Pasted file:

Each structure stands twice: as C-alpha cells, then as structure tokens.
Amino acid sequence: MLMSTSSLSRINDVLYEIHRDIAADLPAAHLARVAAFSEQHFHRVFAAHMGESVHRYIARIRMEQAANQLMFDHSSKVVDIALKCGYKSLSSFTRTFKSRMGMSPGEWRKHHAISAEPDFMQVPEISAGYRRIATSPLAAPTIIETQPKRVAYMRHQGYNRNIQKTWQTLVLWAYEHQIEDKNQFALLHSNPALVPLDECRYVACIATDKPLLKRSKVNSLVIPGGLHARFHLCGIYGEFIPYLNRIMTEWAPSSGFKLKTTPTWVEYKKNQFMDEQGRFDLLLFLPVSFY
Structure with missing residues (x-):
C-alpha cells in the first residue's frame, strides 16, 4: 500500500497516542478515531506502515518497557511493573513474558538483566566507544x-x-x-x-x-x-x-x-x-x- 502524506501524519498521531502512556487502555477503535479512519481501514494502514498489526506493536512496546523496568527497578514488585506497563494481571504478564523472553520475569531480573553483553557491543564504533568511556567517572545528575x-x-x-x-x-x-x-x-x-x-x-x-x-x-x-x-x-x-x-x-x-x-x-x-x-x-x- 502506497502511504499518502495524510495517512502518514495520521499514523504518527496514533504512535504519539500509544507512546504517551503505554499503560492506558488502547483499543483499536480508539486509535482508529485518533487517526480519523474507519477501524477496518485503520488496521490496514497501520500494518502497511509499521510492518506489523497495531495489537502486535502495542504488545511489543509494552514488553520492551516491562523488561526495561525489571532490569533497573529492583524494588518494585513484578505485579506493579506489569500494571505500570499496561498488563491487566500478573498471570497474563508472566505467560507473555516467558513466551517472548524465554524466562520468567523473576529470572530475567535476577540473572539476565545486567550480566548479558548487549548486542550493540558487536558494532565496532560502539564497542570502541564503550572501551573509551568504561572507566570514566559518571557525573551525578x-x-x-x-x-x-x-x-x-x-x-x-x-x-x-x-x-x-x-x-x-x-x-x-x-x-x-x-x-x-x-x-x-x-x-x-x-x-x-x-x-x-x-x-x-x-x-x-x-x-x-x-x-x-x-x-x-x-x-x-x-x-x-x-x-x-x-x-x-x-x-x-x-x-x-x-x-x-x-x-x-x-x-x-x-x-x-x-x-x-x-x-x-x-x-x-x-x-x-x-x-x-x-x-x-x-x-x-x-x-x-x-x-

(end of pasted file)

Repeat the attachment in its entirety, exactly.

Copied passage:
Each structure stands twice: as C-alpha cells, then as structure tokens.
Amino acid sequence: MLMSTSSLSRINDVLYEIHRDIAADLPAAHLARVAAFSEQHFHRVFAAHMGESVHRYIARIRMEQAANQLMFDHSSKVVDIALKCGYKSLSSFTRTFKSRMGMSPGEWRKHHAISAEPDFMQVPEISAGYRRIATSPLAAPTIIETQPKRVAYMRHQGYNRNIQKTWQTLVLWAYEHQIEDKNQFALLHSNPALVPLDECRYVACIATDKPLLKRSKVNSLVIPGGLHARFHLCGIYGEFIPYLNRIMTEWAPSSGFKLKTTPTWVEYKKNQFMDEQGRFDLLLFLPVSFY
Structure with missing residues (x-):
C-alpha cells in the first residue's frame, strides 16, 4: 500500500497516542478515531506502515518497557511493573513474558538483566566507544x-x-x-x-x-x-x-x-x-x- 502524506501524519498521531502512556487502555477503535479512519481501514494502514498489526506493536512496546523496568527497578514488585506497563494481571504478564523472553520475569531480573553483553557491543564504533568511556567517572545528575x-x-x-x-x-x-x-x-x-x-x-x-x-x-x-x-x-x-x-x-x-x-x-x-x-x-x- 502506497502511504499518502495524510495517512502518514495520521499514523504518527496514533504512535504519539500509544507512546504517551503505554499503560492506558488502547483499543483499536480508539486509535482508529485518533487517526480519523474507519477501524477496518485503520488496521490496514497501520500494518502497511509499521510492518506489523497495531495489537502486535502495542504488545511489543509494552514488553520492551516491562523488561526495561525489571532490569533497573529492583524494588518494585513484578505485579506493579506489569500494571505500570499496561498488563491487566500478573498471570497474563508472566505467560507473555516467558513466551517472548524465554524466562520468567523473576529470572530475567535476577540473572539476565545486567550480566548479558548487549548486542550493540558487536558494532565496532560502539564497542570502541564503550572501551573509551568504561572507566570514566559518571557525573551525578x-x-x-x-x-x-x-x-x-x-x-x-x-x-x-x-x-x-x-x-x-x-x-x-x-x-x-x-x-x-x-x-x-x-x-x-x-x-x-x-x-x-x-x-x-x-x-x-x-x-x-x-x-x-x-x-x-x-x-x-x-x-x-x-x-x-x-x-x-x-x-x-x-x-x-x-x-x-x-x-x-x-x-x-x-x-x-x-x-x-x-x-x-x-x-x-x-x-x-x-x-x-x-x-x-x-x-x-x-x-x-x-x-